Etymology
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concept (n.)
Origin and meaning of concept

"a general notion, the immediate object of a thought," 1550s, from Medieval Latin conceptum "draft, abstract," in classical Latin "(a thing) conceived," from concep-, past-participle stem of concipere "to take in and hold; become pregnant," from con-, here perhaps an intensive prefix (see con-), + combining form of capere "to take" (from PIE root *kap- "to grasp"). In some 16c. cases a refashioning of conceit, perhaps to avoid negative connotations that had begun to cling to that word.

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self-concept (n.)

also self concept, in psychology, "a person's idea of himself," 1921, from self + concept.

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percept (n.)

"immediate object in perception," 1837, from Latin perceptum "(a thing) perceived," noun use of neuter past participle of percipere "to perceive" (see perceive). Formed on model of concept.

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conceit (n.)

late 14c., "a thought, a notion, that which is mentally conceived," from conceiven (see conceive) based on analogy of deceit/deceive and receipt/receive. The sense evolved from "something formed in the mind" to "fanciful or witty notion, ingenious thought" (1510s), to "vanity, exaggerated estimate of one's own mental abilities" (c. 1600) through shortening of self-conceit (1580s).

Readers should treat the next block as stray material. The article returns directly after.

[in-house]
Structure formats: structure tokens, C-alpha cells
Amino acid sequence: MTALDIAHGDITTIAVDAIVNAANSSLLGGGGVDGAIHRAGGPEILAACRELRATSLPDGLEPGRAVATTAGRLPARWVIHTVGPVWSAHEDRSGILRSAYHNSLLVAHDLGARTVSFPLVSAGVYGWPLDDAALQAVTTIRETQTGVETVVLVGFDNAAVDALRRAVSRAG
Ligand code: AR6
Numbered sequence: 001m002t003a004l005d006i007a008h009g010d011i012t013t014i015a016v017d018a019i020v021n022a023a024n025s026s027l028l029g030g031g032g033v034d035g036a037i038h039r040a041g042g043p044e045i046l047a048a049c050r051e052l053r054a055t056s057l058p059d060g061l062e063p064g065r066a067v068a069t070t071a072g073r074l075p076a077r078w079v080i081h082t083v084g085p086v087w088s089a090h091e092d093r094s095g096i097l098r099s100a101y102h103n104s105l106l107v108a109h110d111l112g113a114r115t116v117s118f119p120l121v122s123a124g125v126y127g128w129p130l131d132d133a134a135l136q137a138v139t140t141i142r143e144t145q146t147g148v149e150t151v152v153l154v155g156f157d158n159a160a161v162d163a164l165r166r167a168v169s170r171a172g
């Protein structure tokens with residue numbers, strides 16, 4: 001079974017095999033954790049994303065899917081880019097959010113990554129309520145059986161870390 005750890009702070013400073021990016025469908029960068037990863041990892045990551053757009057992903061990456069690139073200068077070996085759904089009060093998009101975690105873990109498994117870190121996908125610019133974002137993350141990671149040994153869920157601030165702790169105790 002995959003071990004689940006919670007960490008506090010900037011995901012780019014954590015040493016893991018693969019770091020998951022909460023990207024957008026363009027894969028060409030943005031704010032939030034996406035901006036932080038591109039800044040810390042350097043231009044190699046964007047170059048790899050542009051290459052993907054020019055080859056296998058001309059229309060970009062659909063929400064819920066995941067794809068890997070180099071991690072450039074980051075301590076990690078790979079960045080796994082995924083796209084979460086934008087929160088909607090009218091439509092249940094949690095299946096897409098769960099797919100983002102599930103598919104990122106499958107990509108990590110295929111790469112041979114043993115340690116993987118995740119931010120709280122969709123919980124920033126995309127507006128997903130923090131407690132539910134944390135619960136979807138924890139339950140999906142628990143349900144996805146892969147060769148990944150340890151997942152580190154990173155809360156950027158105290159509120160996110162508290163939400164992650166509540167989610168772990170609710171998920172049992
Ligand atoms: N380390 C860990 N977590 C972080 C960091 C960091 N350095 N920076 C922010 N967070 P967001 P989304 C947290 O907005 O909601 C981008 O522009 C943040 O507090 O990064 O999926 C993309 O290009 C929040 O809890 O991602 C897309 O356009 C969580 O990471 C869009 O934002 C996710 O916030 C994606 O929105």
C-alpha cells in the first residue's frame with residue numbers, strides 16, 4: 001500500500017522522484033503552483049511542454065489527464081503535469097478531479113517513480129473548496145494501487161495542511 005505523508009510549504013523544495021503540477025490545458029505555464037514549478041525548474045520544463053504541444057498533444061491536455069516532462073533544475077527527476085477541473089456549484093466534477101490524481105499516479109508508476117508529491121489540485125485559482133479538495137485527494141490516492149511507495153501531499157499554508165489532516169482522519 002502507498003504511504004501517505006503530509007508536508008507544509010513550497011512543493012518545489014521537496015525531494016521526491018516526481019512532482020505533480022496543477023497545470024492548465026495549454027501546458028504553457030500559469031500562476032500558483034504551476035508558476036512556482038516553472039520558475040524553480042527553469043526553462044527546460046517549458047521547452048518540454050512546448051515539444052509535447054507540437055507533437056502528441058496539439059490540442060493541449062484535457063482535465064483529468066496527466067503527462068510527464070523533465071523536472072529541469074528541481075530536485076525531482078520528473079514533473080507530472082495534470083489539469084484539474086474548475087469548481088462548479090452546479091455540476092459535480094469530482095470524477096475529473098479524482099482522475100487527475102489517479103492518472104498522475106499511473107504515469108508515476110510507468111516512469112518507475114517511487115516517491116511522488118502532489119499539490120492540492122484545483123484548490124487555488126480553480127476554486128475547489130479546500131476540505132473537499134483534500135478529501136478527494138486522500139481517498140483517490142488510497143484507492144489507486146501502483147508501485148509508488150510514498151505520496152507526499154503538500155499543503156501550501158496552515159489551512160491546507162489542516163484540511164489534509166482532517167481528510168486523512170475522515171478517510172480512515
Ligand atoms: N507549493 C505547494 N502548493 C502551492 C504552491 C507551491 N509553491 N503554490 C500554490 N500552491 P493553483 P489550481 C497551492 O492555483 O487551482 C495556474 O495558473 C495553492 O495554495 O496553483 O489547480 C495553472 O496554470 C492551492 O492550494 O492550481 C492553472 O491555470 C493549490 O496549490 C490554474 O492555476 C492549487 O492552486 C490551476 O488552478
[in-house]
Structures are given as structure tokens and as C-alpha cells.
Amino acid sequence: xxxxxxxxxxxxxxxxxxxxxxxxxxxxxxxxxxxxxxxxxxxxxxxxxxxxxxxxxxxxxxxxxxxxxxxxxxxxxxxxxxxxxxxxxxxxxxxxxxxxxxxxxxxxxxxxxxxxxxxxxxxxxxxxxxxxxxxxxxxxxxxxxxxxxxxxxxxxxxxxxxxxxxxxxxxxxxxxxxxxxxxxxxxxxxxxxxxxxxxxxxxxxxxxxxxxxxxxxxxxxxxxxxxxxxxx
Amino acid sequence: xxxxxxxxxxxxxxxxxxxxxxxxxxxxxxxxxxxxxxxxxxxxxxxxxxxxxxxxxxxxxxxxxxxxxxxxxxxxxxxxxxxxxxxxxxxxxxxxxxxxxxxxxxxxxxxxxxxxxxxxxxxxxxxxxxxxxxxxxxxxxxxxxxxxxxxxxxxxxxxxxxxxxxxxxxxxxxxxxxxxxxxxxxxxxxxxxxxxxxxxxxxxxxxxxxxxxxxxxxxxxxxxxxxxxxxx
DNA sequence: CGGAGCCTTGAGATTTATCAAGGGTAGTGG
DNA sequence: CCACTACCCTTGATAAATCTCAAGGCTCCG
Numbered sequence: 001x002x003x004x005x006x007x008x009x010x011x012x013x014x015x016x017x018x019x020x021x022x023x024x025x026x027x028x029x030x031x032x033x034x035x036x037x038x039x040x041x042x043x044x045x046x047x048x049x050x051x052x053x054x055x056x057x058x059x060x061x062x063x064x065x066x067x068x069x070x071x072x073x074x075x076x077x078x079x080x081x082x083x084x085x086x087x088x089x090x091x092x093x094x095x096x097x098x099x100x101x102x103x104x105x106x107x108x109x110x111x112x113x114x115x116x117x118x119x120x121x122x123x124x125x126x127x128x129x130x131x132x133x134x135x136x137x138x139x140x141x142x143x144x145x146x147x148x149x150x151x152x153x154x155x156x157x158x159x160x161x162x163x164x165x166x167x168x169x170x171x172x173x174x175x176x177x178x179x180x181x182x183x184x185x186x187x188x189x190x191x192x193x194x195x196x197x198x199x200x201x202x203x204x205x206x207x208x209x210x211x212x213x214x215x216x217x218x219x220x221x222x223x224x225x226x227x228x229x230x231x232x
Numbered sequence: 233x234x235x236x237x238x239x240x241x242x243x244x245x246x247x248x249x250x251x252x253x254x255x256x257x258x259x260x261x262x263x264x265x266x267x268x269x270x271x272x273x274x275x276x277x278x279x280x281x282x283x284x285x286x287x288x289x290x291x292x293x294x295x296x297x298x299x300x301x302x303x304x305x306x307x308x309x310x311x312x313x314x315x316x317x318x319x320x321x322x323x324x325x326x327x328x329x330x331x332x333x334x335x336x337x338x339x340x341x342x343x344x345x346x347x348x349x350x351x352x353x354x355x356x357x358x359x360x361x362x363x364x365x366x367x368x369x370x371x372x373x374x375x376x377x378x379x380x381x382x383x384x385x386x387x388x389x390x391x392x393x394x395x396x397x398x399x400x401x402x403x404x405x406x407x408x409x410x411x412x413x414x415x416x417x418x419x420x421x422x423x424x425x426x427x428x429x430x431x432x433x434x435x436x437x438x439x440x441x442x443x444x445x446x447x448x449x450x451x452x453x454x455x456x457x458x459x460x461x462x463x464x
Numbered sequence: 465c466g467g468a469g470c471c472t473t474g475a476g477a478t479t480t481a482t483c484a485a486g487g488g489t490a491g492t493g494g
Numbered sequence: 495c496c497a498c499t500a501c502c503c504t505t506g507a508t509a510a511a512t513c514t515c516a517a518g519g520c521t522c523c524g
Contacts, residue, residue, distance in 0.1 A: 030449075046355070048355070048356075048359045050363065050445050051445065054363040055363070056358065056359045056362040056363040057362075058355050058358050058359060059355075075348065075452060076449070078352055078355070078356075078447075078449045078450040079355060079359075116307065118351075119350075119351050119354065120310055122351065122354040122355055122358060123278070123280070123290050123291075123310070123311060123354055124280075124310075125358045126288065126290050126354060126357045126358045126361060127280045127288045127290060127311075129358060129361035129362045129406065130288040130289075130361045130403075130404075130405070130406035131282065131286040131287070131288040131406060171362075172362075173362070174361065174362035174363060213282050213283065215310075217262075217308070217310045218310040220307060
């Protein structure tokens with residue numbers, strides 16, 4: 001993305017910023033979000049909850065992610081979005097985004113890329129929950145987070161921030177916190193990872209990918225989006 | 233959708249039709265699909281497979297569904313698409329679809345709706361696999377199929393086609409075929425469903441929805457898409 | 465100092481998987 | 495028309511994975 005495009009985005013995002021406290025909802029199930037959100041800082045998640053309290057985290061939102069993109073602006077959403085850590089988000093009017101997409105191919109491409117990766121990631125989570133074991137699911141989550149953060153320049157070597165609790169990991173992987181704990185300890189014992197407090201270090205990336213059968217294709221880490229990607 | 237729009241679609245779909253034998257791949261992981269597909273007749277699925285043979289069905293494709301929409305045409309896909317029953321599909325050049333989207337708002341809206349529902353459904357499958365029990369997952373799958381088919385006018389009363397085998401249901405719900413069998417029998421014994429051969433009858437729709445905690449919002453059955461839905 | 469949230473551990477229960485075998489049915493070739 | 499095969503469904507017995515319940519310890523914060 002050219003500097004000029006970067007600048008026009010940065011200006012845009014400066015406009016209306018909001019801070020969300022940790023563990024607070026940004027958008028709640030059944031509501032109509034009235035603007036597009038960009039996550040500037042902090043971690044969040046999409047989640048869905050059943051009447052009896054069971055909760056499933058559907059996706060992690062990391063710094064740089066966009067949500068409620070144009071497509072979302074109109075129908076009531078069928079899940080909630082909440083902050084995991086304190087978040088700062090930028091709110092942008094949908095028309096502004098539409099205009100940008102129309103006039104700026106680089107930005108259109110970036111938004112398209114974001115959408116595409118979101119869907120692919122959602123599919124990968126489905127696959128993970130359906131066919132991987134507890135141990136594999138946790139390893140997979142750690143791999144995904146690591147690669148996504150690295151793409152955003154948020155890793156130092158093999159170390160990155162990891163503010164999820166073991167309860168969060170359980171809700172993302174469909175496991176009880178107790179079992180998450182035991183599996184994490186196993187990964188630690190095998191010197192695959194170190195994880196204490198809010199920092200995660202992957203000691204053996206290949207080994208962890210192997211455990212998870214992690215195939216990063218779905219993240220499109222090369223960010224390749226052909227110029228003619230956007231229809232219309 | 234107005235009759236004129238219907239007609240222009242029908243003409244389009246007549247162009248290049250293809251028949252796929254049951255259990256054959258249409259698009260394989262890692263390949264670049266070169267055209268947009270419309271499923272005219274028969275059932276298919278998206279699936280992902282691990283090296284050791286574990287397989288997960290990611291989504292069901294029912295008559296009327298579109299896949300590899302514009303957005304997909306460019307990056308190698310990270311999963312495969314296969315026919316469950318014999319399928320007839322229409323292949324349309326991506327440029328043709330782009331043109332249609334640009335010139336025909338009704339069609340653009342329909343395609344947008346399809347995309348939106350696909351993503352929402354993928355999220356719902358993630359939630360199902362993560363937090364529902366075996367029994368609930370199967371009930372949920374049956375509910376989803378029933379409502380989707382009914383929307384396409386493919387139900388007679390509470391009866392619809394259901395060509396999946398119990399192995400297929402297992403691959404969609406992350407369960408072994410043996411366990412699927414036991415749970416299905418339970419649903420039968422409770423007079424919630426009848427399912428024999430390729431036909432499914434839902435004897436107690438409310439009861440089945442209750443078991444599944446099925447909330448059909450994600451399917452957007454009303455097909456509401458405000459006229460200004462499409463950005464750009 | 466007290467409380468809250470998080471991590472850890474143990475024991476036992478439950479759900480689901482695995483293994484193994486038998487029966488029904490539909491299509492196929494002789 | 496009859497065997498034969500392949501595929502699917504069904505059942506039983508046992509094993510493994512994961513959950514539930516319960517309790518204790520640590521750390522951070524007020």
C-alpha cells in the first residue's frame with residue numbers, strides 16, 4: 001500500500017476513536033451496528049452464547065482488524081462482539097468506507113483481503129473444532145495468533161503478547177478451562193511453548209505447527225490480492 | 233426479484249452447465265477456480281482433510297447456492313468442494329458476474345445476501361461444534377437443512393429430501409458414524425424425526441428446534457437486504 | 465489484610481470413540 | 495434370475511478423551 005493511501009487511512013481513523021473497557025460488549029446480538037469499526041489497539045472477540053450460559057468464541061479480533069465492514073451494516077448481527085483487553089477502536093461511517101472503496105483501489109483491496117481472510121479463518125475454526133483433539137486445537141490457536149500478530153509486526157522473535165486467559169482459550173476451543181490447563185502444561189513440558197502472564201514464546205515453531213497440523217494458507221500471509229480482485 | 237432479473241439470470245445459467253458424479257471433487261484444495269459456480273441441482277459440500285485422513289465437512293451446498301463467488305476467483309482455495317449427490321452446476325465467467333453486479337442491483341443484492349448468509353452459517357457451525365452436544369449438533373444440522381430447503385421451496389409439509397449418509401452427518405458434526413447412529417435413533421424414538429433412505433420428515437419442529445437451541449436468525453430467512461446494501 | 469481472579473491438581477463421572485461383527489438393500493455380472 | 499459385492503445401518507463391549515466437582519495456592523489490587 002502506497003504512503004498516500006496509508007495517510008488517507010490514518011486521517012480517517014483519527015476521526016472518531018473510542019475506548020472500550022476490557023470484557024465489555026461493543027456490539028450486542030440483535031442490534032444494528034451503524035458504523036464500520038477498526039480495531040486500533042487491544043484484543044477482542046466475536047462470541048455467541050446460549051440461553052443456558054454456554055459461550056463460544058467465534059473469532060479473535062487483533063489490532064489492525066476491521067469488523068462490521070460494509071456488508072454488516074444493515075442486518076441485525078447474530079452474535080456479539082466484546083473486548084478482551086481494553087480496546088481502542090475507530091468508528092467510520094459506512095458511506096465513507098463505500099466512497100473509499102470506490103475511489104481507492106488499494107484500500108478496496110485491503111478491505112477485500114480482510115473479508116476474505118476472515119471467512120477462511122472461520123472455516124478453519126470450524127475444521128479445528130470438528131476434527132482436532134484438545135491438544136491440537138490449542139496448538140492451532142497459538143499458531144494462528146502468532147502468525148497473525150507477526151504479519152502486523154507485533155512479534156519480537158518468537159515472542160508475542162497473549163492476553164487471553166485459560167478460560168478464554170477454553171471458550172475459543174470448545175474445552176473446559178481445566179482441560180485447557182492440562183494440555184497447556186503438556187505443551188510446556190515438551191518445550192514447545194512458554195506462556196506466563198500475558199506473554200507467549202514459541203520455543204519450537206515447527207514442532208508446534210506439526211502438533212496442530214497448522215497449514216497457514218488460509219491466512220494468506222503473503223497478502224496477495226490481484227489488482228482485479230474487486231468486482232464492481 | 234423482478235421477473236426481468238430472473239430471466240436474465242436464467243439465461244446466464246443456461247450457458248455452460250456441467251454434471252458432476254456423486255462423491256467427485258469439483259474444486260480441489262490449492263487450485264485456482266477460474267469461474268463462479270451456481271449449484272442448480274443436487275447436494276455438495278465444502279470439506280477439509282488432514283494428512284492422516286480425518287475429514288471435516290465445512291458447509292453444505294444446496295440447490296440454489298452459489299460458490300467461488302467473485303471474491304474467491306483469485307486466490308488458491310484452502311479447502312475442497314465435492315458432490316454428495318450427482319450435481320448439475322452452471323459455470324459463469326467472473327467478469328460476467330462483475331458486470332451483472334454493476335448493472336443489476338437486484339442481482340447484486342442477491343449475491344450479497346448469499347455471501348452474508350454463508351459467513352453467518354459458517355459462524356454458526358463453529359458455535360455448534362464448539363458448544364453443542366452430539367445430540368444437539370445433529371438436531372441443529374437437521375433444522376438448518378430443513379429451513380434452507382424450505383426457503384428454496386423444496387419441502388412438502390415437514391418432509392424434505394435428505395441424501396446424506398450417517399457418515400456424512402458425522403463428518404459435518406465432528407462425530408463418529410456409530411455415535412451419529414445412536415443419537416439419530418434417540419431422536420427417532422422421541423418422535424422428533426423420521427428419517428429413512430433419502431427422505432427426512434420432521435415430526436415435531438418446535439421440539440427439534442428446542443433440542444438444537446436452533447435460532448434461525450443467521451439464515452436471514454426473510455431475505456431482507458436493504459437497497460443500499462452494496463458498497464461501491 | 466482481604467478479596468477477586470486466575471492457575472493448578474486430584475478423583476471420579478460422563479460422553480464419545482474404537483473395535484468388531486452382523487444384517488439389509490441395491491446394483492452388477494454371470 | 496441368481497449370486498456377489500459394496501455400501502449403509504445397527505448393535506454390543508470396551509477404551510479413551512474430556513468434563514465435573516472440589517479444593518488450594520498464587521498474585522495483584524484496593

A doublet of concept, it sometimes was spelled conceipt in Middle English. Sometimes the Italian form concetto (plural concetti) was used in English 18c.-19c. for "piece of affected wit;" OED describes it as "a term originally proper to Italian literature."

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conceptive (adj.)

1630s, "capable of conceiving mentally;" 1640s, "capable of conceiving physically;" from Latin conceptivus, from concept-, past participle stem of concipere "to take in" (see conceive). Shakespeare used conceptious "fruitful."

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territoriality (n.)
"possession and control of territory," 1839, as a concept in international law, from territorial + -ity. From 1941 in reference to animal behavior.
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arete (n.2)
important concept in Greek philosophy, "rank, nobility, moral virtue, excellence," especially of manly qualities; literally "that which is good," a word of uncertain origin.
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realization (n.)

1610s, "action of making real, a bringing or coming into existence;" see realize + -ation. Meaning "action of forming a clear concept, perception of the real existence of something" is from 1828. Related: Realizational.

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reification (n.)

1846, "mental act of materializing (a person or concept), objectivization, the regarding or treating of an idea as a thing," from Latin re-, stem of res "thing" (see re), + -fication "a making or causing." In Marxist writing, "depersonalization," translating German Verdinglichung.

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